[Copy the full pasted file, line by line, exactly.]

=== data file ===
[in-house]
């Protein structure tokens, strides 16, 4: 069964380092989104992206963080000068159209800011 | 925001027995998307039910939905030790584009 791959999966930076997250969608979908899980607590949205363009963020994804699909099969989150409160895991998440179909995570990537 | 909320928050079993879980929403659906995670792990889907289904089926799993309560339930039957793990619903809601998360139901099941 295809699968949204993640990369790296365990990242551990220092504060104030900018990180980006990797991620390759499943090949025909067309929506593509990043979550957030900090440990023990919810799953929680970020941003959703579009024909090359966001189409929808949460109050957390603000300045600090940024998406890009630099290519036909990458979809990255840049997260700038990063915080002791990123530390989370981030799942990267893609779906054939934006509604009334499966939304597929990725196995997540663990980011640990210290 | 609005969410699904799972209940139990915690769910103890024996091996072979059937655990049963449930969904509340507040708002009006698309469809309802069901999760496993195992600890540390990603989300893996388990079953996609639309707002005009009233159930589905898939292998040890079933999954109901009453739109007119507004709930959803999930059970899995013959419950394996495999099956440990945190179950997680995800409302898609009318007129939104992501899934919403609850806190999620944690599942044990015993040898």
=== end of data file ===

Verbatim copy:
[in-house]
């Protein structure tokens, strides 16, 4: 069964380092989104992206963080000068159209800011 | 925001027995998307039910939905030790584009 791959999966930076997250969608979908899980607590949205363009963020994804699909099969989150409160895991998440179909995570990537 | 909320928050079993879980929403659906995670792990889907289904089926799993309560339930039957793990619903809601998360139901099941 295809699968949204993640990369790296365990990242551990220092504060104030900018990180980006990797991620390759499943090949025909067309929506593509990043979550957030900090440990023990919810799953929680970020941003959703579009024909090359966001189409929808949460109050957390603000300045600090940024998406890009630099290519036909990458979809990255840049997260700038990063915080002791990123530390989370981030799942990267893609779906054939934006509604009334499966939304597929990725196995997540663990980011640990210290 | 609005969410699904799972209940139990915690769910103890024996091996072979059937655990049963449930969904509340507040708002009006698309469809309802069901999760496993195992600890540390990603989300893996388990079953996609639309707002005009009233159930589905898939292998040890079933999954109901009453739109007119507004709930959803999930059970899995013959419950394996495999099956440990945190179950997680995800409302898609009318007129939104992501899934919403609850806190999620944690599942044990015993040898």